In September of 2019 I travelled first to Florence, Italy, then the Tuscan town of Greve to complete an Artist Residency with La Macina Di San Cresci. The purpose of this residency was to allow myself the time and freedom to create in a unique space and completely foreign environment and to produce a new body of work. Ultimately I was able to take the time to experiment with variations on my style of work and complete a body of work which was exhibited at La Macina on the 24th of September 2019. This exhibition will form the basis of a larger body of work to be exhibited at the SALA Festival at the Hahndorf Academy in 2020.
La Macina di San Cresci , established in 2001, is a place for creation, presentation and documentation of contemporary art in all its forms, learn more about this residency location at http://www.chianticom.com The La Macina Mission: "We believe in art and offer artists an opportunity to work for an extended period of time in a social environment that is quite different from the urban milieu that is the usual context of production and distribution of the contemporary arts. This new experience provides artists with a major stimulus to experiment with new ideas, approaches and modes of production, encouraging artists to rethink and renegotiate their role in such unfamiliar social contexts. It also invites communities to be receptive to creative practices that don’t conform to traditional expectations.
Our mission is to encourage the mobility of artists interested in exploring their ideas in a well appointed studio far from home; to develop a cultural exchange at local, national and international levels through the involvement and participation of foreign institutions, both public and private; to be a laboratory of experience where artist-teachers and young artists can work together" From http://www.chianticom.com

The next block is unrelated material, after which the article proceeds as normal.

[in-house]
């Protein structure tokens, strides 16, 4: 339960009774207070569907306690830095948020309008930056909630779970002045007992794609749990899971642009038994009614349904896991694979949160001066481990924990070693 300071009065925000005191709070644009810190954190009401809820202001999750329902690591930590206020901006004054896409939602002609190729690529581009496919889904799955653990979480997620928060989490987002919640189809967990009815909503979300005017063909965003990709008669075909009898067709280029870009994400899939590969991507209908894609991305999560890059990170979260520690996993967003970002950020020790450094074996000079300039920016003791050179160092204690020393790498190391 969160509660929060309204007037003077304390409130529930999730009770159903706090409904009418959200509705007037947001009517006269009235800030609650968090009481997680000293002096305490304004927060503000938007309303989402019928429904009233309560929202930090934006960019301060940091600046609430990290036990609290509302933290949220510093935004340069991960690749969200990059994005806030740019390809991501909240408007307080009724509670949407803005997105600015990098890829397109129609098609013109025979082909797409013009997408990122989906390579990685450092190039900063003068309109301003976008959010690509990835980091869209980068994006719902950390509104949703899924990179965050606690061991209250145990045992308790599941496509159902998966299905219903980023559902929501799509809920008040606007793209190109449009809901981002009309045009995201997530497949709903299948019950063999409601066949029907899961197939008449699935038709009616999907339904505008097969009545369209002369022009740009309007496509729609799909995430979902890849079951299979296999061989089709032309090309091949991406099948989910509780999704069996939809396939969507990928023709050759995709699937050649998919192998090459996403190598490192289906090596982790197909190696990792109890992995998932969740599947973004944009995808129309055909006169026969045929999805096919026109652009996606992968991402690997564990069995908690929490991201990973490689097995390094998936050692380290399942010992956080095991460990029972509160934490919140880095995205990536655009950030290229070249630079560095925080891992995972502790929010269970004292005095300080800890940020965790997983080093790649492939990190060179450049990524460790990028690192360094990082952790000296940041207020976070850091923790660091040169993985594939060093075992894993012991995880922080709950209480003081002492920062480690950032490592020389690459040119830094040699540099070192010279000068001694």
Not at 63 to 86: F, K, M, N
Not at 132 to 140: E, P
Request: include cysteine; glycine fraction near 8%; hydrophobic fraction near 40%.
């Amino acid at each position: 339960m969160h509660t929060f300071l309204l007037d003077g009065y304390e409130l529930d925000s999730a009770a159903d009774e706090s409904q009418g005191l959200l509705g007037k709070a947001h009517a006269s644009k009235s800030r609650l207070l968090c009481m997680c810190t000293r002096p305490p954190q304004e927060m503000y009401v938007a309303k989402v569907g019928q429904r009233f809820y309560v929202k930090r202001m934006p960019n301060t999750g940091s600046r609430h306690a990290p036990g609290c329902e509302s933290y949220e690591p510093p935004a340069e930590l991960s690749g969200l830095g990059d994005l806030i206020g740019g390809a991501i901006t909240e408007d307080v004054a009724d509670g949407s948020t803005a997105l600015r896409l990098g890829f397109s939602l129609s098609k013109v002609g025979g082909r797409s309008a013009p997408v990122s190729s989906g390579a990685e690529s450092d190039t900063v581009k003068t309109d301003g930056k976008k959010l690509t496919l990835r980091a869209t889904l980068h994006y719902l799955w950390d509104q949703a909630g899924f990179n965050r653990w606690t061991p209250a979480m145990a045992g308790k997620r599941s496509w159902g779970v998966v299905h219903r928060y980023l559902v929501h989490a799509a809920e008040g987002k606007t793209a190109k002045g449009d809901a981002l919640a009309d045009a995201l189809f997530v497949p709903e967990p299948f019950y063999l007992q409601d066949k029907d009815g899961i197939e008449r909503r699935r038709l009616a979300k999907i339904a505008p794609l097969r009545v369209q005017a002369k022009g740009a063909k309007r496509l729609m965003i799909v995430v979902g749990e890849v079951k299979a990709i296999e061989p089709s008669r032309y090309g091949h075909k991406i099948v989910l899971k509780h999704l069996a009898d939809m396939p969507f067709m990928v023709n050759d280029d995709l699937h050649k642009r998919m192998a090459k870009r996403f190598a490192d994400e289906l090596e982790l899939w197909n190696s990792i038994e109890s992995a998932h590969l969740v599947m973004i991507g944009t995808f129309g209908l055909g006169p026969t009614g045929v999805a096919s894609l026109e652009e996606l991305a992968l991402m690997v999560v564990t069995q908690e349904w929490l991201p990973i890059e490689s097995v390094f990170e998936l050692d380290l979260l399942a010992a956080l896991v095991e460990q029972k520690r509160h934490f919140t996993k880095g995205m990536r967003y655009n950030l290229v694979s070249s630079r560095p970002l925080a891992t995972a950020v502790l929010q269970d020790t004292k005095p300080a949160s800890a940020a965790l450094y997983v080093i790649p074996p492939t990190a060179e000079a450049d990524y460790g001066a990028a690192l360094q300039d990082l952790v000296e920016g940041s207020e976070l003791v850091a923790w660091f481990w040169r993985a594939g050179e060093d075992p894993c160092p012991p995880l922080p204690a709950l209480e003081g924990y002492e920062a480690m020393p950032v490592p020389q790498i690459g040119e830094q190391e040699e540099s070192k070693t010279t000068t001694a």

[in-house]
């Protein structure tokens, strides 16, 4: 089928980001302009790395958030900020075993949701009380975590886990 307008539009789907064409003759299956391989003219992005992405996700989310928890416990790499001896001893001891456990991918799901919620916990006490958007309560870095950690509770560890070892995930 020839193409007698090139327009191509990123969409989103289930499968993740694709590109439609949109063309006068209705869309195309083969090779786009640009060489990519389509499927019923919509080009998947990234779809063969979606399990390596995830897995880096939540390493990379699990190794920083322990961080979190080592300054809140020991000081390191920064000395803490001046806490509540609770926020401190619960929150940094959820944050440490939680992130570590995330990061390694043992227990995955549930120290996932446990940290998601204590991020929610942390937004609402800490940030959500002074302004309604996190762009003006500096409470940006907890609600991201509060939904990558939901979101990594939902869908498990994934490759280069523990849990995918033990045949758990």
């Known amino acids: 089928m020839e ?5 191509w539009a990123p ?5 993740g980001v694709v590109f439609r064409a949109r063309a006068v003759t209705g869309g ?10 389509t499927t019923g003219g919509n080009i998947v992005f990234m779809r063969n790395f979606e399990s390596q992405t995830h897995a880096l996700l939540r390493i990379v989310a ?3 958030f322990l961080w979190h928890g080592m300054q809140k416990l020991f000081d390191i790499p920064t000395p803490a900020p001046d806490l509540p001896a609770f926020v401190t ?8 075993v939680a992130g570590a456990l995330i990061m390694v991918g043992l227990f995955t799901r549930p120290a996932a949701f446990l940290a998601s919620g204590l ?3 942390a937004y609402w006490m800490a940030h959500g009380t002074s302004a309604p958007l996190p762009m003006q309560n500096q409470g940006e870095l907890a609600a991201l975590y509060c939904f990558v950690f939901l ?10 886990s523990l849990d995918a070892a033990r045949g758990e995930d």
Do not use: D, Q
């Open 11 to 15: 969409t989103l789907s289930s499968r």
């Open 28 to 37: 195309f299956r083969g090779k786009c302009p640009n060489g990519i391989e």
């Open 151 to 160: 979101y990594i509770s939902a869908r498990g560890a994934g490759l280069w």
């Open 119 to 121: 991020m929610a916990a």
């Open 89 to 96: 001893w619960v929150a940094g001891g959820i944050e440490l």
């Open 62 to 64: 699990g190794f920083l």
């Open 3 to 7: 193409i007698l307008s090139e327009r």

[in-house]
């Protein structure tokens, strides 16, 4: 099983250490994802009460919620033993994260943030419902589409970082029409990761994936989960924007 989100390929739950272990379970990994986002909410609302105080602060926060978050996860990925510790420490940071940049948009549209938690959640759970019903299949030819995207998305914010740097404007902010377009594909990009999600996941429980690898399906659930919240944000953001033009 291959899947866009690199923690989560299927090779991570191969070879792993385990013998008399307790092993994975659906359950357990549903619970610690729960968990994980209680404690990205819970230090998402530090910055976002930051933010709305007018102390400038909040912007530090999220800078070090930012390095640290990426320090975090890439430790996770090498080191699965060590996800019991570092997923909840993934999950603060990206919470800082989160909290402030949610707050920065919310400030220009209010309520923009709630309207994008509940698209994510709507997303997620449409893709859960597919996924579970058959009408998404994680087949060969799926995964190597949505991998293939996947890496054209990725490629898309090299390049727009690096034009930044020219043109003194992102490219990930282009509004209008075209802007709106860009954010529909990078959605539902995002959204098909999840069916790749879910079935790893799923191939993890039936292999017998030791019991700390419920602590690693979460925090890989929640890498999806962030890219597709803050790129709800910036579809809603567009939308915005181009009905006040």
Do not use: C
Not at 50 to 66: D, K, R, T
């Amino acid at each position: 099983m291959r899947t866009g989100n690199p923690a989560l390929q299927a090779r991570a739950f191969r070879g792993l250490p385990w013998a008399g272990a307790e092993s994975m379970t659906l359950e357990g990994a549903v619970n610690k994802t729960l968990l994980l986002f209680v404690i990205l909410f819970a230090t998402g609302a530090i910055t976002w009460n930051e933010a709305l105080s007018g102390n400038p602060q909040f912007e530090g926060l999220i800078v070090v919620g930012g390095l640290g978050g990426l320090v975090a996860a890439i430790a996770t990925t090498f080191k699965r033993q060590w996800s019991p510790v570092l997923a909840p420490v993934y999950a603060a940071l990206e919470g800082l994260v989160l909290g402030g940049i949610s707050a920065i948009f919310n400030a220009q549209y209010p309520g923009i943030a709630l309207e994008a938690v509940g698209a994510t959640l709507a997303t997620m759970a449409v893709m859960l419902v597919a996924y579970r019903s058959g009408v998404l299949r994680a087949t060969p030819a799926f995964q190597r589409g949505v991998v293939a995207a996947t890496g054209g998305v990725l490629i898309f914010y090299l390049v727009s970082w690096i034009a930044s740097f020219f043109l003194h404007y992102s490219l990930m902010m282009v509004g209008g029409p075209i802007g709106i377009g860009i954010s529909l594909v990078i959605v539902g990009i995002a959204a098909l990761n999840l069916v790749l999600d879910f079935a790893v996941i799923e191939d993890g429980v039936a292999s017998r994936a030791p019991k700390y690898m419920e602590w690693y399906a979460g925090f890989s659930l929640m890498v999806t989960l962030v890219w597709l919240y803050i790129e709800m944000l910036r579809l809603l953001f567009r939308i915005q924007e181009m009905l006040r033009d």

ARTIST STATEMENT “The collection of drawings I have completed whilst in residence at La Macina Di San Cresci represent the beginnings of a larger body of work which continue my study of the classic poem by Dante Alighieri ‘Inferno’ , from ‘La Divina Commedia’. It was the aim of my time in Tuscany to be in proximity of the famous poet who has inspired much of my work. The eight works here depict only a handful of the many circles within Alighieri’s vision of Hell. Rather than aiming for direct representation of these sins I wanted to interrogate the nature of the sin depicted.
The larger installation piece references the development stage of the work, where I take ideas from my own imagination as well as the time and place in which I create the work to form the final images. These background images are akin to the DNA of the final work, invisible but completely controlling the outcome. In my research I have found that many monotheistic religions viewed various body parts as responsible for committing specific sins (for example; tongues committing blasphemy) . I have used this as an alternative mode of expression of the narrative and in this way, the images become physical manifestations of the sins the body commits. The graphic style of illustration I work with is a method of ‘domesticating’ imagery that can be overwhelming and, at times, upsetting. In my use of almost comedic figures that are simultaneously grotesque, I am responding to my own experiences with religion that left me with a lasting feeling of being both repelled by and attracted to its darkness.”